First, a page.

reforming education

85% of all “ed-reformer” Twitter conversations:

Reformer: You know that time-honored “thing” we all do? Stop it, it’s terrible. I barely have research, but it’s old so it’s bad.

Teacher: I agree, but what about repercussions from my administration or district?

Reformer: Forget admins, forget everything! throw out all your desks for exercise balls. Never use a rubric, just grade with holistic tea leaves and visions! 

Teacher: But there wouldn’t be admin or district support for any of that!

Reformer: Then you’re not committed to your students, change starts within. I know my paycheck and way of life aren’t dependent on following anyone else’s mandates or rules, but that won’t stop me from patronizing you as if you’re ignorant, rather than attempting to juggle numerous requirements at once.

independent.co.uk
Schools in Finland will no longer teach 'subjects'
For years, Finland has been the by-word for a successful education system, perched at the top of international league tables for literacy and numeracy. Only far eastern countries such as Singapore and China outperform the Nordic nation in the influential Programme for International Student Assessment (PISA) rankings. Politicians and education experts from around the world – including the UK – have made pilgrimages to Helsinki in the hope of identifying and replicating the secret of its success.

The Finnish school system fascinates me. I’ll be excited to see how this progresses.

Conservatism. Is. A. Scam.

Conservatives: “There is a finite amount of dollars in the world, we can’t help everyone. The debt is too high. We need to tighten our belts. Healthcare reform and college education reform are too expensive. There’s no such thing as free stuff. Taxes are the government stealing. Let’s take care of our own needy first. These deficits are out of control.”
Conservatives: * Support wasting 20+ billion dollars on a useless vanity project wall for Trump to metaphorically blow himself with*


Things I Didn't Learn in Public School
  • How to buy a car
  • How to get and understand health/car/vision/dental insurance or what deductibles are
  • How to budget money
  • How to save money
  • How to invest money
  • What a credit score is and how to get one and maintain a good one
  • How to get an apartment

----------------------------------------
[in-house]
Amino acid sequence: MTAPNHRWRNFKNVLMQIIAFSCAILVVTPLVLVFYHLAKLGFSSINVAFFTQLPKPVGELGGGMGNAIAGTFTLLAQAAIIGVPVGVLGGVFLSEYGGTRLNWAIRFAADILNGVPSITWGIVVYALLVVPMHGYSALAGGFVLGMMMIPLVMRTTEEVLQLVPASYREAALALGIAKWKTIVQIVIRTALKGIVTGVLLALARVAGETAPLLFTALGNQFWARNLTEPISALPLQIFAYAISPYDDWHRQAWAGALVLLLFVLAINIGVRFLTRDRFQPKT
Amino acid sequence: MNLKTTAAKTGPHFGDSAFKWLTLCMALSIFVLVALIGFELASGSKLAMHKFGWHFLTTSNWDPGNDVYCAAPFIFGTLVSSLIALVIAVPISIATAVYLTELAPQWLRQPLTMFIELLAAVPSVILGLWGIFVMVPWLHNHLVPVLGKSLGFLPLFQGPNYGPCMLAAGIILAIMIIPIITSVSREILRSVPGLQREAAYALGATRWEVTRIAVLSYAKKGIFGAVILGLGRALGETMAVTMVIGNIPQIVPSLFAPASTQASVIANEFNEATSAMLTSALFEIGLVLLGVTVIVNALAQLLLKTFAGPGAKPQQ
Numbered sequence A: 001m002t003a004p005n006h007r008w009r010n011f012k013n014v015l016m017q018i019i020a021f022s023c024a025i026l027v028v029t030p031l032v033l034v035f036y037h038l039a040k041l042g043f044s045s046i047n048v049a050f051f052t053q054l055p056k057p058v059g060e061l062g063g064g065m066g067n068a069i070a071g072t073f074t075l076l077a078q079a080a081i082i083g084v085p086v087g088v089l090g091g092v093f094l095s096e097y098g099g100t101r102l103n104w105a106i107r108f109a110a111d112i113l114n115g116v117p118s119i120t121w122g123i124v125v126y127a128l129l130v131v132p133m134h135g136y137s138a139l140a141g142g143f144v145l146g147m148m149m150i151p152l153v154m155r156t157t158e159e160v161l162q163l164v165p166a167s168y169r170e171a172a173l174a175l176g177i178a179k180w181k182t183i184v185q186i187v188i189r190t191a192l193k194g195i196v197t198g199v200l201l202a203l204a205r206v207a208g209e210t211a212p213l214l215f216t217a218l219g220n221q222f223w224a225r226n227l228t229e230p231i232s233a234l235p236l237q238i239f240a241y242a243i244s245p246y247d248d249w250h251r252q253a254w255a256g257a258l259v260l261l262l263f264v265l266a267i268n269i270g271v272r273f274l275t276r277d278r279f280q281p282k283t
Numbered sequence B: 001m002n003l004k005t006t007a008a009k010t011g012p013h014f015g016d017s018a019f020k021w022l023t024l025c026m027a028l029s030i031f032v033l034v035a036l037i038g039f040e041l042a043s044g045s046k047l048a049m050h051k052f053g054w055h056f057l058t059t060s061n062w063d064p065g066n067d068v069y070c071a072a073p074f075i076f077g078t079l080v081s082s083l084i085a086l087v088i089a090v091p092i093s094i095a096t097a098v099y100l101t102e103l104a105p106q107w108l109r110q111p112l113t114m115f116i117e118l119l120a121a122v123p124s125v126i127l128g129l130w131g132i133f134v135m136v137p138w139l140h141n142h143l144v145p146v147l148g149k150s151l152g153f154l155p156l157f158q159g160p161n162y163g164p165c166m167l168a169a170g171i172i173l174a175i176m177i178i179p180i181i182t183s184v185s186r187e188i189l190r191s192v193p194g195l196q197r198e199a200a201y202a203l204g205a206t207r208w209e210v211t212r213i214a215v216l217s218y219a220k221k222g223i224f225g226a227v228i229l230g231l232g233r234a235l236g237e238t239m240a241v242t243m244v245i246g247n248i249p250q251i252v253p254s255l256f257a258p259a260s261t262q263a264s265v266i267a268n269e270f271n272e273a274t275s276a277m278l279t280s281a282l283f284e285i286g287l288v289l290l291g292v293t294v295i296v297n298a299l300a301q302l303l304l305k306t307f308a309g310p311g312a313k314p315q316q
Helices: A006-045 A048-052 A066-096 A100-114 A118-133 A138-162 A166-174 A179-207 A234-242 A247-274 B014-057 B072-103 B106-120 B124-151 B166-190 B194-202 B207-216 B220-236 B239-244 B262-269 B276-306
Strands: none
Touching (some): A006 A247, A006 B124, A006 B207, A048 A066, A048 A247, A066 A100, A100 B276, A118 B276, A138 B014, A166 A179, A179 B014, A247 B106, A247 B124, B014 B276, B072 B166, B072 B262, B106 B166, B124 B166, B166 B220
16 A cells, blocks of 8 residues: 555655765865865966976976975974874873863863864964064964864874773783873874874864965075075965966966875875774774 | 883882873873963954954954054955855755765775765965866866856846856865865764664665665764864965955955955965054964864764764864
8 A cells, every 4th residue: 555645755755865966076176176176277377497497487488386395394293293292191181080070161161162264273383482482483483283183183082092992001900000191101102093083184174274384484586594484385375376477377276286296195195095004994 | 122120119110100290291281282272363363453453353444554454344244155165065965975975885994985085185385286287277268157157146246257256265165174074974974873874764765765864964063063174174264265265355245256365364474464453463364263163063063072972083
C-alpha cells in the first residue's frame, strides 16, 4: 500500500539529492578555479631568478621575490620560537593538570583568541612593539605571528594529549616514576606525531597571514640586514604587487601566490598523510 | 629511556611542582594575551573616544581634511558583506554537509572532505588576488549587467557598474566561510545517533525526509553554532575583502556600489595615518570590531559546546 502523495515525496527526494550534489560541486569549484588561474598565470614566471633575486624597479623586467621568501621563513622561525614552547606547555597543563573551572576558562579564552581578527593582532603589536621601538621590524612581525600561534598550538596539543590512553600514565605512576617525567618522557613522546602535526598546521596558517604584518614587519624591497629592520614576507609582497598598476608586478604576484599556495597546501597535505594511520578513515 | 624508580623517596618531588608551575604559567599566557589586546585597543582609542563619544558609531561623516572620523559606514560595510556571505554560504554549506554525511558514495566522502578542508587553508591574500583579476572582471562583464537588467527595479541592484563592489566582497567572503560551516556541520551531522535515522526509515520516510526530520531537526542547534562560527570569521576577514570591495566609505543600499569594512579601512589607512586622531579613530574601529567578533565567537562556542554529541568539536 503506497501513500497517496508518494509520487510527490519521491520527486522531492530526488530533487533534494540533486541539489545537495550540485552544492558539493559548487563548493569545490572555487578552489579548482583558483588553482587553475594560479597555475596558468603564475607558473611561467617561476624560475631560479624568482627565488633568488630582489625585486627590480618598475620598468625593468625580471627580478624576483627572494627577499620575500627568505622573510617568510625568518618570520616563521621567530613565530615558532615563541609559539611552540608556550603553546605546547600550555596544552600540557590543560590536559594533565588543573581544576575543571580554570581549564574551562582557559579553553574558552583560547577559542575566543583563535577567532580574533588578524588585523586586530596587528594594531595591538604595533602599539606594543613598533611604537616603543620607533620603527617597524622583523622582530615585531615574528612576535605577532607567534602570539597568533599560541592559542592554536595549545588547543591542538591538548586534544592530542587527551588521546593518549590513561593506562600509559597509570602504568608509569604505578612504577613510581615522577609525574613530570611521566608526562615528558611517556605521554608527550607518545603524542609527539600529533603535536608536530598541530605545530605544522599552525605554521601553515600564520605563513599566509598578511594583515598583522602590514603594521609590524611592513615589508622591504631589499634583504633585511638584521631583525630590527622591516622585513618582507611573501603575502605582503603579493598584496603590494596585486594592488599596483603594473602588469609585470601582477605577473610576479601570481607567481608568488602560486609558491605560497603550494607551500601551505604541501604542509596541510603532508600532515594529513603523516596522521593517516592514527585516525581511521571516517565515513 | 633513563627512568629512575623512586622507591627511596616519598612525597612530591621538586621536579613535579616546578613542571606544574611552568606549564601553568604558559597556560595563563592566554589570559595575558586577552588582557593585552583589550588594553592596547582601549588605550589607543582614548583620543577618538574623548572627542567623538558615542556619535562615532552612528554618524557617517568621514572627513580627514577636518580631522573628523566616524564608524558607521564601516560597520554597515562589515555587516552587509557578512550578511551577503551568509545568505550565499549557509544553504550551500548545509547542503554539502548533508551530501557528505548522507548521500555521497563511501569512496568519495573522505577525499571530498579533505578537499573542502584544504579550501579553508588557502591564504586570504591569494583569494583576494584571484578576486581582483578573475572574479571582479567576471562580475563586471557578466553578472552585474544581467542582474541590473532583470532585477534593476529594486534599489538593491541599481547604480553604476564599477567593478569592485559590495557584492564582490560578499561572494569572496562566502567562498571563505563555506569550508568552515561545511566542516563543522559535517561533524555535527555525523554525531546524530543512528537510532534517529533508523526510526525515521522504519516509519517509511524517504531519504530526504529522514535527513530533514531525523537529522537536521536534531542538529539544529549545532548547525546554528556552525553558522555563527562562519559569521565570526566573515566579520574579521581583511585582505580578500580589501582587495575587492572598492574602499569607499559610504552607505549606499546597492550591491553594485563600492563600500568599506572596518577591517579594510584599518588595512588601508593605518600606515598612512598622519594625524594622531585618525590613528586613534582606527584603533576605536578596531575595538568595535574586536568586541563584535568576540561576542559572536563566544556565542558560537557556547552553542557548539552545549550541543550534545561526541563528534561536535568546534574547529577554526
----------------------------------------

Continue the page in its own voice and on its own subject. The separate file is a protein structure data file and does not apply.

• How to apply for a job and how to dress for a job interview
  • How to pay bills and what bills I should pay
  • How to change a tire
  • How to change my oil 
  • How to think critically 
  • How to be confident 
  • How to buy a house/understand what a mortgage is
  • How to do my taxes
  • Why having an emergency fund is essential and life saving

i dragged my ma to yoga at the ymca and no one else came bc of the storms, so it was just us and this cool instructor who used to teach high school english (we talked abt education reform), working thru a very relaxing routine. then i did laps (in the heated kid pool bc i am a baby) for an hour and the sauna/cold shower routine a couple times and got groceries (and SNACKS) and now i’m waiting for this chicken pot pie to finish cooking so i can take a shower+bath and get back to campus to immerse myself in the french language for midterms. bien 

OAXACA, MEXICO

Federal police and military force is massacring activists and professors who were protesting against the laboral/educative reform. I repeat, they’re massacring them. They’re are killing them and burning them outside Nochixtlán. 

On another news, right now in the main plaza, the center of Oaxaca, federal police have cut the lights to make “cleaning” which means dragging and killing all the protesters they can. Ambulances and military jeeps were advising people for NOT helping the protesters or take refugees, or they will be “cleaned” too. 

  6 protesters were confirmed killed due to the use of large weapons by the police. More protesters are disappeared and some are confirmed (just by the survivors) death or burned. In Hacienda Blanca they were killed too.

Also, hospitals, doctors and medicine students aren’t allowed to help or receive the protester, all of this are orders coming from president Enrique Peña Nieto, and the public education secretary Aurelio Nuño Mayer.

2

The Obama administration is going to award 12,000 prison inmates with Pell Grants to use on college tuition